So, put the kettle on, pull out a packet of chocolate digestives and put your feet up – today’s the third and final part of my selection of top ten romance novels! And as brilliant as part one and part two were, I have saved the best ’til last. But be warned – today’s selection is not for the faint-hearted. This is the romance heavyweight selection – but oh, what a selection! You’re in for an exhilirating ride.
- Return From the Stars, by Stanislaw Lem
I expext scifi fans will be horrified to find one of their all time classics appearing in a selection of romance novels, but I defy you to find a more romantic hero than Hal Bregg. Hal is an astronaut who returns from a ten year trip to the stars to find 100 years have passed on earth. The world is now a sort of drugged, lifeless utopia. Hal is the ultimate masculine hero: brave, strong, adventurous, chivalrous – a sort of superman – but there is no place for his type of heroism in the placid world in which he now finds himself. He falls in love with a woman on this new earth. When he learns his former colleagues are planning a trip to Sagittarius, he has a choice to make – remain with the woman he loves in this pleasant, dull utopia, or return to a life of dangerous adventure.
I make no apology for picking out the love story element in this novel, but the short synopsis here doesn’t do justice to a brilliant work. I urge you to try it for yourselves. If you’d like to see a more in-depth review first, try this unsual book review from someone equally obsessed with all things Lem. In the meantime, power to the geeks!
….and now for something completely different…
- Nicholas Nickleby, by Charles Dickens
I’m constantly changing my mind about which exactly is my favourite Dickens novel, but Nicholas Nickleby is pretty much always up there. A cast of hundreds of extraordinary characters, a plot that twists and turns, heart-melting good guys and melodramatic bad guys – all the elements of a magnificent romance. In fact, there’s more than one romance going on in the story: Nicholas and the beautiful Madeline Bray; his sister Kate and Frank Cheeryble; their friends Tim Linkinwater and Miss LaCreevy – don’t the names just say all you need to know? Kate Nickleby in particular makes a marvellous romantic heroine, and she’s pursued in nailbiting fashion by the unpleasant rake, Sir Mulberry Hawk. The character I love the most, though, of all, of all, and maybe the most of all Dickens characters ever, is Smike. If you don’t know the story, Smike is a poor simple-minded orphan who is devoted to Nicholas and suffers tragically from an unrequited love for Kate. I know it’s “only a story” (don’t you just hate it when people say that?) but without giving away too much, Smike’s simple character absolutely moves me to tears every single time.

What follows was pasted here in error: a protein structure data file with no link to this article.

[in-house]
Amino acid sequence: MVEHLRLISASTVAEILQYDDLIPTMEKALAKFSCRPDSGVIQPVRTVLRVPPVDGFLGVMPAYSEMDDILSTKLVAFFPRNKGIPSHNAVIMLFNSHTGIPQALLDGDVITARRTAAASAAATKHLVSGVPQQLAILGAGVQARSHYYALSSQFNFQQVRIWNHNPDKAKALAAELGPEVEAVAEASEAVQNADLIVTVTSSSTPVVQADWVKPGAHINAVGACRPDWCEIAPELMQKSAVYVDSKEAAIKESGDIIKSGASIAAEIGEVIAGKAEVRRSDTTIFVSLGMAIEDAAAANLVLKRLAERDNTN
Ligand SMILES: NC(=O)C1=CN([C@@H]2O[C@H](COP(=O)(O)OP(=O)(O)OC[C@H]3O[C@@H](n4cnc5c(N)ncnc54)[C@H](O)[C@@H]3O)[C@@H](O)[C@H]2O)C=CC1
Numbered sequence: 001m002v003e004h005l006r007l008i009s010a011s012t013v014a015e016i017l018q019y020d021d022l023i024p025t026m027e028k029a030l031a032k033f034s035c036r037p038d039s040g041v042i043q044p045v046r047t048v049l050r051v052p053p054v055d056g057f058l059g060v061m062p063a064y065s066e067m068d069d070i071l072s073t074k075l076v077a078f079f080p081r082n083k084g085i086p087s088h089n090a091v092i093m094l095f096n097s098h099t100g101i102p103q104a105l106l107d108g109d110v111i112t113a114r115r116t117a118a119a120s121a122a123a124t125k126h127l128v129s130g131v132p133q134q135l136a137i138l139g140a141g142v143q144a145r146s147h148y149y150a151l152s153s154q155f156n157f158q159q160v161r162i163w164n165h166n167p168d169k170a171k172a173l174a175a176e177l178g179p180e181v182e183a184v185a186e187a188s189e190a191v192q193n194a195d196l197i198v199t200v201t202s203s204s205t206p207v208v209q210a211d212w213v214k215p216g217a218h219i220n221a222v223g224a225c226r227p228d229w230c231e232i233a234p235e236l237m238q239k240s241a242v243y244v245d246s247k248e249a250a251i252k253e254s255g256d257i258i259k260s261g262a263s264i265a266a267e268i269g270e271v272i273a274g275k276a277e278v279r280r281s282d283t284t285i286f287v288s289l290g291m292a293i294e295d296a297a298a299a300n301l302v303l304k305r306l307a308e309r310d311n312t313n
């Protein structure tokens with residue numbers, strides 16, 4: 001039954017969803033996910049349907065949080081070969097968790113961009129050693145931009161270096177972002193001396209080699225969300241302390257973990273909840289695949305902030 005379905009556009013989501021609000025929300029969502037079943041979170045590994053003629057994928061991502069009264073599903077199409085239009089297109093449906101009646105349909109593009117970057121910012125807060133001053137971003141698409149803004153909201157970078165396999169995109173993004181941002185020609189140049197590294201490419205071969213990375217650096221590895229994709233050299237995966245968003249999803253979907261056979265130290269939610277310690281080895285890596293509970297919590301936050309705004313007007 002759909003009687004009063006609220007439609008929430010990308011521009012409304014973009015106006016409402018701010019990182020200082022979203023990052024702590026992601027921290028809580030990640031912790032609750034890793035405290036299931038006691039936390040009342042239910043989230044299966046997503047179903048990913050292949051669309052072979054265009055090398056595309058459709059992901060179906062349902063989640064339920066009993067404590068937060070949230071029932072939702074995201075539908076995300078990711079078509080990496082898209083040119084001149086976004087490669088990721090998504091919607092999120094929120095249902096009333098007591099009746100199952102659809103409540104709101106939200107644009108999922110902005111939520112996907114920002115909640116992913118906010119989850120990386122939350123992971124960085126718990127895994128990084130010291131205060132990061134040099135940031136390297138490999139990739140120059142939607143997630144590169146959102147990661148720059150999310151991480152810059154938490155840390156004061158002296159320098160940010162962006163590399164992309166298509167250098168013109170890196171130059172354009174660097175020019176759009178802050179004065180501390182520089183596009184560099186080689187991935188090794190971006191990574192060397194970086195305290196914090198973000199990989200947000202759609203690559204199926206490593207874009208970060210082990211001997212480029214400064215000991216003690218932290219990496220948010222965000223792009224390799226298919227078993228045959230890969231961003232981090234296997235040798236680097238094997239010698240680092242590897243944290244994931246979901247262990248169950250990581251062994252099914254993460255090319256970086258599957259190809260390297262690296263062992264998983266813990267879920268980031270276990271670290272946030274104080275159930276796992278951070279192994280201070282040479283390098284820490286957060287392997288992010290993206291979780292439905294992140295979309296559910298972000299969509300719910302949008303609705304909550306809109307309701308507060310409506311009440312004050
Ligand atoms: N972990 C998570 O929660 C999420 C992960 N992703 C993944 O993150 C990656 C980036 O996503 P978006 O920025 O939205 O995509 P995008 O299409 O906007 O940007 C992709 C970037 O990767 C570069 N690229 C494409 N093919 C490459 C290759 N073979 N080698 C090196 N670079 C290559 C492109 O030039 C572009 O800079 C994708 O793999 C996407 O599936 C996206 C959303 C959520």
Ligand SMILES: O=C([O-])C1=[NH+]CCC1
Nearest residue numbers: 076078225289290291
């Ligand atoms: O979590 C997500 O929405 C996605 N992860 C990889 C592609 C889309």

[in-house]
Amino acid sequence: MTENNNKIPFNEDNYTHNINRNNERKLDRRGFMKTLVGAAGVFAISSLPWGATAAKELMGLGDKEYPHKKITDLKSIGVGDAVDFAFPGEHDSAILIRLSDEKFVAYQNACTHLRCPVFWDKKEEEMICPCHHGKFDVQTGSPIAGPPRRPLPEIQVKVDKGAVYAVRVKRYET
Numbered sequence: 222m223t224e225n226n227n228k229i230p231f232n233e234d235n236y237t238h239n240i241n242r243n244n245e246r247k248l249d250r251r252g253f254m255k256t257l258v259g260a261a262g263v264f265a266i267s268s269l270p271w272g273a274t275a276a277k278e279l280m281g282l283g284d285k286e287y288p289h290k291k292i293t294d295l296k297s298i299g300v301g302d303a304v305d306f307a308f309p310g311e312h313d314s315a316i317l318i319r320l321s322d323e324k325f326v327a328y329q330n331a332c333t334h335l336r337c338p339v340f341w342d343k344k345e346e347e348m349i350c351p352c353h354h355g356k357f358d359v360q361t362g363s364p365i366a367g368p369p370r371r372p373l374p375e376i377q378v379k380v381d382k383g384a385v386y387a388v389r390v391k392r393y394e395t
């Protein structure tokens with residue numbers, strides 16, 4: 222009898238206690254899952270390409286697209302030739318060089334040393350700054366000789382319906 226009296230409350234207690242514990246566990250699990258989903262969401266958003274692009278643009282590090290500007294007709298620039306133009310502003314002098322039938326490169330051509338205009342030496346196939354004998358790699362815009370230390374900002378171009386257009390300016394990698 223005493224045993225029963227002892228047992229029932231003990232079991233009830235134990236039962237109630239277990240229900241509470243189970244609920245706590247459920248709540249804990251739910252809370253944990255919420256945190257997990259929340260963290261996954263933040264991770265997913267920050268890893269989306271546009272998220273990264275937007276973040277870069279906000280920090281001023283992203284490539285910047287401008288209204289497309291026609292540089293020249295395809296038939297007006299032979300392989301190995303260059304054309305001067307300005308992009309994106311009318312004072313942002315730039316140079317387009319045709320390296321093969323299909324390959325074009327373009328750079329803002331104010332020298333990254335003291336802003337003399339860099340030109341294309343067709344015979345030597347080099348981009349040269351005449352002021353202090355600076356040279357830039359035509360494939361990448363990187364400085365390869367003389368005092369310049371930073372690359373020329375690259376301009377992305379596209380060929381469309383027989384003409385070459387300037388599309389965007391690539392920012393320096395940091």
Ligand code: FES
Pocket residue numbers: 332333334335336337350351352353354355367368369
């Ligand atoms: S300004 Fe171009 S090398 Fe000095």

If you’ve never tried Dickens, I can’t recommend this one enough. A cracking read.
And now I’ve saved the best ’til last…
- War and Peace, by Leo Tolstoy
Yes, I really mean it. War and Peace is my all-time favourite romance novel. In fact it’s my all-time favourite novel full-stop. People often express surprise that I’ve actually even read such a notoriously weighty tome, but in fact I’ve read it and re-read it, and in the words of my teenage nephew, I’m not even lying.
So what makes it so great? I’m only here to focus on the romance elements and am doing this masterpiece no justice, but here goes. The main female character is Natasha Rostov, who is 18 when the story starts. Anyone who tells you that male authors can’t portray women hasn’t read Tolstoy. She’s a flawed character who makes a tragic mistake and I’d defy anyone not to fall utterly in love with her. In fact there are two men in the novel who do fall in love with her – Prince Andrei Bolkonsky (absolutely my swoonworthy romantic hero of all time) and Count Pierre Bezuhov (also my romantic hero of all time, but this time in a more awkward and geeky way). So, three great characters already – and I haven’t mentioned any of the other brilliant characters in the novel or the intense drama and horror of the war action. The first time I read this book I had no idea what was going to happen to the characters and I’m not going to give anything away in case I spoil it for you. If you really can’t face reading close to 1,500 pages of this epic novel (although I implore you to), there is an excellent BBC series available on DVD. I don’t normally like seeing novels I love on the screen, but in this series a young Anthony Hopkins plays one of the finest roles of his entire career and his portrayal of Pierre Bezuhov is perfect. It’s brilliant.
So there we have it! The end of my top ten romance novels. Hope you’ve enjoyed reading, and please, please let me know if you have any favourite romance novels you can add to my list. Otherwise, I may be reduced to re-reading War and Peace – in which case, get out another pack of biscuits, pour me another cup of tea and switch off my phone – I’m reading!